The three—and a little while later four—countries in Central Europe, Poland, Czechoslovakia (soon becoming what is Czechia and Slovakia today), and Hungary experienced similar challenges in their transition process. Leaders in Warsaw, Prague, Bratislava, and Budapest expected a more successful transformation and the stability of the reforms by approaching to and integrating into the Western institutions and adapt to their values. In the aftermath of the dissolution of the bipolar world, European unification was not only a rhetorical desire but became a sudden reality. A unified Europe was an important vision not only for German Chancellor Helmut Kohl but also for the newly elected regional leaders, such as Czechoslovak President Václav Havel, Polish President Lech Wałęsa, and the Hungarian Prime Minister, József Antall.

In order to achieve their new political, economic, and cultural goals, the three states decided to renew their historical alliance in February 1991. It is when the Visegrad Triangle was formed, which, by the dissolution of Czechoslovakia, became the Visegrad Group (V4) in 1993. In their common “Visegrad Declaration,” their leaders clearly articulated that their ambition is to join “the European political and economic system, as well as the system of security and legislation.” This alliance proved to be way more than an experimental regional association. The V4 has never been formally institutionalised, which proved useful, giving the participating states a flexible framework for cooperation. Perhaps this is the reason why the spirit of Visegrad turned out to be of a lasting nature. Moreover, as a form of a regional association, the V4 became an example to other countries in East and Southeast Europe: as Martin Dangerfield wrote, the fifth EU enlargement had created a new situation as the role of the regional associations had been to support the NATO and the EU accession of the candidates.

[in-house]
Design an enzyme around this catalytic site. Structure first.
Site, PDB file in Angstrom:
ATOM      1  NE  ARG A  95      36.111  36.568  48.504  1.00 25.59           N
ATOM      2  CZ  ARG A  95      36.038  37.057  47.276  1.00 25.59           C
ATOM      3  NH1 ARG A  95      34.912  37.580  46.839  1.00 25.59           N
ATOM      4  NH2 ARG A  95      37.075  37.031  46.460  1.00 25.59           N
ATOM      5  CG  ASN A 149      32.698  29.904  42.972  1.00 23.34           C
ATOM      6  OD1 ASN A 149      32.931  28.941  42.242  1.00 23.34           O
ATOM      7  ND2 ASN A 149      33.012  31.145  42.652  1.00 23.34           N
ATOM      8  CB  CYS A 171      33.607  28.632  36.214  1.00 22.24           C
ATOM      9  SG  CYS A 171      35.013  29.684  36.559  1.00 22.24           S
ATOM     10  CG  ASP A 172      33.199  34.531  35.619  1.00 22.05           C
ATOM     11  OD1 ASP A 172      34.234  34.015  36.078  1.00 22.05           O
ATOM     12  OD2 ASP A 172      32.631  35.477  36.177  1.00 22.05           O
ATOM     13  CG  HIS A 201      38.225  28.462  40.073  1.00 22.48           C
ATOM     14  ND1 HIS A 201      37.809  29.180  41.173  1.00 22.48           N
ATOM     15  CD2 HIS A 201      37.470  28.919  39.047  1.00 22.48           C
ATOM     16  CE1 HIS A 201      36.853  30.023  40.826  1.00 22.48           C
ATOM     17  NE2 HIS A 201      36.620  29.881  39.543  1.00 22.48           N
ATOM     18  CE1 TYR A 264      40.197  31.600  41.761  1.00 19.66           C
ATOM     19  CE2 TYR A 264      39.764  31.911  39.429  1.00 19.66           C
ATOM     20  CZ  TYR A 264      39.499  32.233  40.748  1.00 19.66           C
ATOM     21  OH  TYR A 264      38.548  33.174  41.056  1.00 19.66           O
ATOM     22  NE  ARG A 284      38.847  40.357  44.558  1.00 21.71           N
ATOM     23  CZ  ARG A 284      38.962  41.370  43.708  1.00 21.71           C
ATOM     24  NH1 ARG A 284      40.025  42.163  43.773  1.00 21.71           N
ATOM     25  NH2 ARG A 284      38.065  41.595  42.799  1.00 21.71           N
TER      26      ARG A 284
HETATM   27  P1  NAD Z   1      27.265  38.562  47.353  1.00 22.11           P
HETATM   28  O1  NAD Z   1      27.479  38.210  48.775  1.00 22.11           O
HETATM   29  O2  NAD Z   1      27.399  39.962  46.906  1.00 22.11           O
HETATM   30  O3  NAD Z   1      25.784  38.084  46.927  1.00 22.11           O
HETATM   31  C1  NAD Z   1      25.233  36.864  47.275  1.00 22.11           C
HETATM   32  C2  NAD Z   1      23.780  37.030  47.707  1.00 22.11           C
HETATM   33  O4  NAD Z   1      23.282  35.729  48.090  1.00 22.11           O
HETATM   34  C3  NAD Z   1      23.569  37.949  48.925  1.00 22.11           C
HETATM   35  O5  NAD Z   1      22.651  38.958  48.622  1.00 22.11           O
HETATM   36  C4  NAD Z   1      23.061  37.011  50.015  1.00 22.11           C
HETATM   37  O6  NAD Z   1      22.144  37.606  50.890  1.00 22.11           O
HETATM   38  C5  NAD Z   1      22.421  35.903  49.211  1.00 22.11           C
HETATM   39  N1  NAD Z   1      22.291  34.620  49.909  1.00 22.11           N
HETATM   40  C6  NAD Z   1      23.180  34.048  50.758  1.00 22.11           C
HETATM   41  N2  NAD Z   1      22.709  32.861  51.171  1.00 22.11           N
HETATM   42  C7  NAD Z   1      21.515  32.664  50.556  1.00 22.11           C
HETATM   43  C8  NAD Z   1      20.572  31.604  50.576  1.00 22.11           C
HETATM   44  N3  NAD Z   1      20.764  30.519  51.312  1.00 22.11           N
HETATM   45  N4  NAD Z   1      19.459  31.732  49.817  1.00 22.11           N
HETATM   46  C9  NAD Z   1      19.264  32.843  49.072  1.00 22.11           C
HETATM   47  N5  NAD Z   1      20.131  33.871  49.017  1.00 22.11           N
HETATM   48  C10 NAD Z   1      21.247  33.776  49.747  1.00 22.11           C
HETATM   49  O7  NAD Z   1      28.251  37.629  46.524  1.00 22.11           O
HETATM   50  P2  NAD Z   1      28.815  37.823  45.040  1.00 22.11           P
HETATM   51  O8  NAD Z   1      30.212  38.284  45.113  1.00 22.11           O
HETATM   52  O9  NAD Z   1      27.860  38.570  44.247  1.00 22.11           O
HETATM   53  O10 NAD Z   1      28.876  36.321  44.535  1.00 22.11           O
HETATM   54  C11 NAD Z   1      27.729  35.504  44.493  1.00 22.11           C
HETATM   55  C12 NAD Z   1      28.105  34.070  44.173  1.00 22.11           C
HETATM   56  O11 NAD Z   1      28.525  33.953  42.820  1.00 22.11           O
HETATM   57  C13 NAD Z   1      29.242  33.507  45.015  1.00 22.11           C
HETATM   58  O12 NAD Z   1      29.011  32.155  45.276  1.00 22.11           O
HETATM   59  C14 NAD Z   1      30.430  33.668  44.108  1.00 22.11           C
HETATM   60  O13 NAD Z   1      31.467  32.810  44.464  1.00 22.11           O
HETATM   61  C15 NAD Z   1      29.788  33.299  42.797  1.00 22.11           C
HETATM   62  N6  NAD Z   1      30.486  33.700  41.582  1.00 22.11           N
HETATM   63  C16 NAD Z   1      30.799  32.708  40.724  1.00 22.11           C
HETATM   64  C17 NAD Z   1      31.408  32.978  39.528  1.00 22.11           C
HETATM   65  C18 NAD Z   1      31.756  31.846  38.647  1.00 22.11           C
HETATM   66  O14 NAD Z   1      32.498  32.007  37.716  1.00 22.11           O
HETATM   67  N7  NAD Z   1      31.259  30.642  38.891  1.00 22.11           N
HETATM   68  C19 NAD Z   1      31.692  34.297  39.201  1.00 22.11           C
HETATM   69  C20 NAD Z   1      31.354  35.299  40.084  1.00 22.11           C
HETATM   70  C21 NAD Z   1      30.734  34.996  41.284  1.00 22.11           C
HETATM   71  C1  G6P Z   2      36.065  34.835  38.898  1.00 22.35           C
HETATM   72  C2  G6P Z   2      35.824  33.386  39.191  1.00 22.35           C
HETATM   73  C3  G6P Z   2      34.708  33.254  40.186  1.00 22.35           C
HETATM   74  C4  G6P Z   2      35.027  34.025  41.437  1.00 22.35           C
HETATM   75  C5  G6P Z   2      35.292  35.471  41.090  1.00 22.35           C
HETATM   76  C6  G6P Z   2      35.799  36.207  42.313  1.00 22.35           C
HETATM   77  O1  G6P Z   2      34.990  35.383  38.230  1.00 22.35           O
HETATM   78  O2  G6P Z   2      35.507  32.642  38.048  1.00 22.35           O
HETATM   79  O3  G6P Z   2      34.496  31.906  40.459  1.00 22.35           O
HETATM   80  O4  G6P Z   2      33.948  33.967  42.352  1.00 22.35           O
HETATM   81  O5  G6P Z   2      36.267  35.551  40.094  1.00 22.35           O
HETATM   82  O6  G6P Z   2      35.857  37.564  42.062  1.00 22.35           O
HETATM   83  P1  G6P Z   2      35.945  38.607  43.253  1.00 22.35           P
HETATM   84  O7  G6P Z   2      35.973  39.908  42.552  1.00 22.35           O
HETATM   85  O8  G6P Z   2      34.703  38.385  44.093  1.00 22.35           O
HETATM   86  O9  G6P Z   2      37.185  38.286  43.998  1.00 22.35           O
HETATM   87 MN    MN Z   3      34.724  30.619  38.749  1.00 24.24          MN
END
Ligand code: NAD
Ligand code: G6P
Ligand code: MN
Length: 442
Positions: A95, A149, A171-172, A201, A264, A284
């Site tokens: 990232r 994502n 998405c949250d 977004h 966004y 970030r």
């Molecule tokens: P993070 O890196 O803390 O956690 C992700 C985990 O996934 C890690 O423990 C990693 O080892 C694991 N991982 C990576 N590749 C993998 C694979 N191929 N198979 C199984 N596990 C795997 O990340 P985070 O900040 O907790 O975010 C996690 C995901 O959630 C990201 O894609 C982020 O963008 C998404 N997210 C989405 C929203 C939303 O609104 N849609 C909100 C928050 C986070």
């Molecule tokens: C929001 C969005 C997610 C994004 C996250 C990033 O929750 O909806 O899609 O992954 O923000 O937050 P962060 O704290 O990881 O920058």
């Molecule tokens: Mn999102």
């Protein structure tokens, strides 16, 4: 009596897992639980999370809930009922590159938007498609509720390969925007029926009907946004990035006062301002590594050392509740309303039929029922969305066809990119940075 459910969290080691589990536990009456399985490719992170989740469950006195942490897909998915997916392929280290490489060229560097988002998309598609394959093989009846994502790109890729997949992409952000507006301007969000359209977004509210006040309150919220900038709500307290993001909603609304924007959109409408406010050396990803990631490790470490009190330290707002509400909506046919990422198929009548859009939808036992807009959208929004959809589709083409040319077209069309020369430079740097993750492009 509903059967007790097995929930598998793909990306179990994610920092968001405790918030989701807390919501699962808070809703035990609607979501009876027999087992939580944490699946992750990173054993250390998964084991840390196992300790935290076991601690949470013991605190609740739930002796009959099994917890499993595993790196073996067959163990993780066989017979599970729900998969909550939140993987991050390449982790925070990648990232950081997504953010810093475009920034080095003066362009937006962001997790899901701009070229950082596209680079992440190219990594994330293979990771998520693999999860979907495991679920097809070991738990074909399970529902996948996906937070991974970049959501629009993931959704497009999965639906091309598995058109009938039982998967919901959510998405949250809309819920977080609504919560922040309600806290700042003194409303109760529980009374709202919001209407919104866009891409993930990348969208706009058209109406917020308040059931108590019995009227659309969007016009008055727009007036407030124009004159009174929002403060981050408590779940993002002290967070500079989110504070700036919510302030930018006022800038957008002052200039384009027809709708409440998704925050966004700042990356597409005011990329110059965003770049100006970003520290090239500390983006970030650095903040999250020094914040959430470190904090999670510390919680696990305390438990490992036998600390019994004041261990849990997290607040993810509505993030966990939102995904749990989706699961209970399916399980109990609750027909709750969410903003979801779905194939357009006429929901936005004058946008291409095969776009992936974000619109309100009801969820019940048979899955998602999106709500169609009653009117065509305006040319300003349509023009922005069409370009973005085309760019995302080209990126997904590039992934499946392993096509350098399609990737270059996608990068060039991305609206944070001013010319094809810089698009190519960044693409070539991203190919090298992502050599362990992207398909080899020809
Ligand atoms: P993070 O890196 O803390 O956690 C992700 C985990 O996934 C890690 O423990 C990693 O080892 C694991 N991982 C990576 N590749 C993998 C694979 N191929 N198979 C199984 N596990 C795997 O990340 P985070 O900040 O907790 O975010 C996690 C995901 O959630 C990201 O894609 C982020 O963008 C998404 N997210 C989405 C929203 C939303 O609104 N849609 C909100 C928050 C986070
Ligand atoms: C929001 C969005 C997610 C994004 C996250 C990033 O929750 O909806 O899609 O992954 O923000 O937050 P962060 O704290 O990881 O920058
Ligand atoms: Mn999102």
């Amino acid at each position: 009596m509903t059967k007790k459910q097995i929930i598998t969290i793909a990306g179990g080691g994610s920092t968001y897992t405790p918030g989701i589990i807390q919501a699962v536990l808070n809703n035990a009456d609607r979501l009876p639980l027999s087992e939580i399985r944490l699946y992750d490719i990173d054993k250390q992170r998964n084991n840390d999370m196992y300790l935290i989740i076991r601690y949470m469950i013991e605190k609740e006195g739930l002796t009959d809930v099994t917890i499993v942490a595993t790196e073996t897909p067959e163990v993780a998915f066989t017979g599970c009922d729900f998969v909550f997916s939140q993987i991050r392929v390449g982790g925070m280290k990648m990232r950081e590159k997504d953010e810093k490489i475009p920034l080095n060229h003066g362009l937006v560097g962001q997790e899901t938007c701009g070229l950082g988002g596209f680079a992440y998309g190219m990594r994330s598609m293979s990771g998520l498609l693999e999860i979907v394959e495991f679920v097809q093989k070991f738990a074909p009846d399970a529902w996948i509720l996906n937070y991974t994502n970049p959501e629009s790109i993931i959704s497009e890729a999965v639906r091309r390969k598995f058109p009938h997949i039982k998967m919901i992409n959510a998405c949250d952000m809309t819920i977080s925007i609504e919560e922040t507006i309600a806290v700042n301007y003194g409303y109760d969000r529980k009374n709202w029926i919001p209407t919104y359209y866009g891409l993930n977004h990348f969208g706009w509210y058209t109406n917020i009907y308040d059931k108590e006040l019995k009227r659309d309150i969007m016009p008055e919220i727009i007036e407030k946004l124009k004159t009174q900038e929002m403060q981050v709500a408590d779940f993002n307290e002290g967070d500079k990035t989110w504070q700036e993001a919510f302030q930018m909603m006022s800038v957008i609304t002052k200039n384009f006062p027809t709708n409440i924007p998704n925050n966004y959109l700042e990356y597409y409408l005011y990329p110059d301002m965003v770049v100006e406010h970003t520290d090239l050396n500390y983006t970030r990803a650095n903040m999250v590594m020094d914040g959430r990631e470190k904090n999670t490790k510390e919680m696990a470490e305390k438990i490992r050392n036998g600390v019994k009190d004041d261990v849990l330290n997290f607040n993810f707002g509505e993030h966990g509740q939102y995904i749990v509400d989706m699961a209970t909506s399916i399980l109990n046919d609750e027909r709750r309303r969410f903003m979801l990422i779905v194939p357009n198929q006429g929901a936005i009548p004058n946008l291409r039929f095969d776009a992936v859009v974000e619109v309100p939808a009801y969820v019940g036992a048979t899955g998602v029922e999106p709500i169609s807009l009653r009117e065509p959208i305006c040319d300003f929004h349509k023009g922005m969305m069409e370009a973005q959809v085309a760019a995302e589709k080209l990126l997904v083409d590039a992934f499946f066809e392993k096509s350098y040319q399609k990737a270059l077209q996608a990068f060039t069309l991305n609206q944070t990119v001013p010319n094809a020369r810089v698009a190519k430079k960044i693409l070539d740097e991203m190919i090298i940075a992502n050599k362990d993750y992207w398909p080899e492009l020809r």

The Visegrad countries in the European Union: what are the future perspectives?

On 1 May 2004, countries of the Visegrad Group, Poland, Czechia, Slovakia, and Hungary, became members of the European Union after more than one decade of cooperation. By this, the main goal of the above-mentioned declaration was fulfilled. Following the successful accession process, there arose the question of how to go on and what are the remaining fields of cooperation within the European Union. Time proved that even in the aftermath of the accession, the Visegrad Group have seemed to be a viable association in many regards and continues to do so.

The “big bang” enlargement, however, meant not only a closer political and economic cooperation between the Central and Western parts of Europe, but it was also another symbolic sign of the reunification of our continent. As, these days, the European Union and its member states are facing difficult challenges, discussions are timely on the future of the European Union.

While the Central European countries are celebrating their fifteen years of membership, it is also time to examine the future perspectives and challenges the EU’s 28 member states have to face together. To ask and answer these questions, the Antall József Knowledge Centre and the Wilfried Martens Centre for European Studies will organise a conference, entitled “15 years After the Accession—The Visegrad Countries in the European Union” in Brussels on 24 October.